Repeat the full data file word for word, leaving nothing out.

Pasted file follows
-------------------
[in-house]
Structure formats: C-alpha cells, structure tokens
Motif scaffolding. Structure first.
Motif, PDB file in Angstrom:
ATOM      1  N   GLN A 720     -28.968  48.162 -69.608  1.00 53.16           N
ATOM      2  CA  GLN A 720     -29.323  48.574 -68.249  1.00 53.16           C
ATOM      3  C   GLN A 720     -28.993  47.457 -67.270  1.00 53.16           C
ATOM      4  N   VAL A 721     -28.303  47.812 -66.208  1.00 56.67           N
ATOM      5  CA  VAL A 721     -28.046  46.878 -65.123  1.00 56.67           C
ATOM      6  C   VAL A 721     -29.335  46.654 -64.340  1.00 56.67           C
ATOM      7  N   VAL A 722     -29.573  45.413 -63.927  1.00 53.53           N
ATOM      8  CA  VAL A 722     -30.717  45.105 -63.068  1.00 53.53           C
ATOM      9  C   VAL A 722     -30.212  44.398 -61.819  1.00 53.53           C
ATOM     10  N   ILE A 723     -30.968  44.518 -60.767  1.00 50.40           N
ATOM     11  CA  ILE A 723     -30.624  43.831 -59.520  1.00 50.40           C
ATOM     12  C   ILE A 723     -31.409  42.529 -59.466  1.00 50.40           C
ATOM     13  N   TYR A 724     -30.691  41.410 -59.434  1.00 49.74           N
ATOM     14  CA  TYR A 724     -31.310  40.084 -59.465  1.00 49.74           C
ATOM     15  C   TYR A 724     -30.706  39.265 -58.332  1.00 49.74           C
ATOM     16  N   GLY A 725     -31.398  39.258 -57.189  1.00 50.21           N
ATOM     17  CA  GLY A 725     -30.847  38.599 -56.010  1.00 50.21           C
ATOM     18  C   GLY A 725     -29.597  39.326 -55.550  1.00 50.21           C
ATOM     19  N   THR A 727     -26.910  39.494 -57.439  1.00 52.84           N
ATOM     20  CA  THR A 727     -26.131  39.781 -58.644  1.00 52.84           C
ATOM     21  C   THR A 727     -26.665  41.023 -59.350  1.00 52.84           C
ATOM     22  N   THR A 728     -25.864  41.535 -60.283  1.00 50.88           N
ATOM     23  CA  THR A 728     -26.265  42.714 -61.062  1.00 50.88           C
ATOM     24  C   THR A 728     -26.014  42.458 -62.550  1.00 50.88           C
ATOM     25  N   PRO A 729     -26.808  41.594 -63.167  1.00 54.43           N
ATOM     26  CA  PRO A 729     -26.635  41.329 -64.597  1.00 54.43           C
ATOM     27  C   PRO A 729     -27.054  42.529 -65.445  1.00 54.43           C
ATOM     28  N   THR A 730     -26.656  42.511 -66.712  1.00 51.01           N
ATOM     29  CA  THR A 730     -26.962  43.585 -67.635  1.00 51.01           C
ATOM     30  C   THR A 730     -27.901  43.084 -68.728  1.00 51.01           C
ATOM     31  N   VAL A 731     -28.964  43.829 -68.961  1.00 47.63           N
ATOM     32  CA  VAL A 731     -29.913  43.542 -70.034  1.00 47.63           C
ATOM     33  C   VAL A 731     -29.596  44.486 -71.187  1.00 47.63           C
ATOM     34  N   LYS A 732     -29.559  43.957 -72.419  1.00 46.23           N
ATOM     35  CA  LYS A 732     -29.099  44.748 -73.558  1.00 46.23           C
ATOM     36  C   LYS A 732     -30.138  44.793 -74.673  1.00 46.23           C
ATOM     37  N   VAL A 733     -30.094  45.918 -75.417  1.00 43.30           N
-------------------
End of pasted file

[in-house]
Structure formats: C-alpha cells, structure tokens
Motif scaffolding. Structure first.
Motif, PDB file in Angstrom:
ATOM      1  N   GLN A 720     -28.968  48.162 -69.608  1.00 53.16           N
ATOM      2  CA  GLN A 720     -29.323  48.574 -68.249  1.00 53.16           C
ATOM      3  C   GLN A 720     -28.993  47.457 -67.270  1.00 53.16           C
ATOM      4  N   VAL A 721     -28.303  47.812 -66.208  1.00 56.67           N
ATOM      5  CA  VAL A 721     -28.046  46.878 -65.123  1.00 56.67           C
ATOM      6  C   VAL A 721     -29.335  46.654 -64.340  1.00 56.67           C
ATOM      7  N   VAL A 722     -29.573  45.413 -63.927  1.00 53.53           N
ATOM      8  CA  VAL A 722     -30.717  45.105 -63.068  1.00 53.53           C
ATOM      9  C   VAL A 722     -30.212  44.398 -61.819  1.00 53.53           C
ATOM     10  N   ILE A 723     -30.968  44.518 -60.767  1.00 50.40           N
ATOM     11  CA  ILE A 723     -30.624  43.831 -59.520  1.00 50.40           C
ATOM     12  C   ILE A 723     -31.409  42.529 -59.466  1.00 50.40           C
ATOM     13  N   TYR A 724     -30.691  41.410 -59.434  1.00 49.74           N
ATOM     14  CA  TYR A 724     -31.310  40.084 -59.465  1.00 49.74           C
ATOM     15  C   TYR A 724     -30.706  39.265 -58.332  1.00 49.74           C
ATOM     16  N   GLY A 725     -31.398  39.258 -57.189  1.00 50.21           N
ATOM     17  CA  GLY A 725     -30.847  38.599 -56.010  1.00 50.21           C
ATOM     18  C   GLY A 725     -29.597  39.326 -55.550  1.00 50.21           C
ATOM     19  N   THR A 727     -26.910  39.494 -57.439  1.00 52.84           N
ATOM     20  CA  THR A 727     -26.131  39.781 -58.644  1.00 52.84           C
ATOM     21  C   THR A 727     -26.665  41.023 -59.350  1.00 52.84           C
ATOM     22  N   THR A 728     -25.864  41.535 -60.283  1.00 50.88           N
ATOM     23  CA  THR A 728     -26.265  42.714 -61.062  1.00 50.88           C
ATOM     24  C   THR A 728     -26.014  42.458 -62.550  1.00 50.88           C
ATOM     25  N   PRO A 729     -26.808  41.594 -63.167  1.00 54.43           N
ATOM     26  CA  PRO A 729     -26.635  41.329 -64.597  1.00 54.43           C
ATOM     27  C   PRO A 729     -27.054  42.529 -65.445  1.00 54.43           C
ATOM     28  N   THR A 730     -26.656  42.511 -66.712  1.00 51.01           N
ATOM     29  CA  THR A 730     -26.962  43.585 -67.635  1.00 51.01           C
ATOM     30  C   THR A 730     -27.901  43.084 -68.728  1.00 51.01           C
ATOM     31  N   VAL A 731     -28.964  43.829 -68.961  1.00 47.63           N
ATOM     32  CA  VAL A 731     -29.913  43.542 -70.034  1.00 47.63           C
ATOM     33  C   VAL A 731     -29.596  44.486 -71.187  1.00 47.63           C
ATOM     34  N   LYS A 732     -29.559  43.957 -72.419  1.00 46.23           N
ATOM     35  CA  LYS A 732     -29.099  44.748 -73.558  1.00 46.23           C
ATOM     36  C   LYS A 732     -30.138  44.793 -74.673  1.00 46.23           C
ATOM     37  N   VAL A 733     -30.094  45.918 -75.417  1.00 43.30           N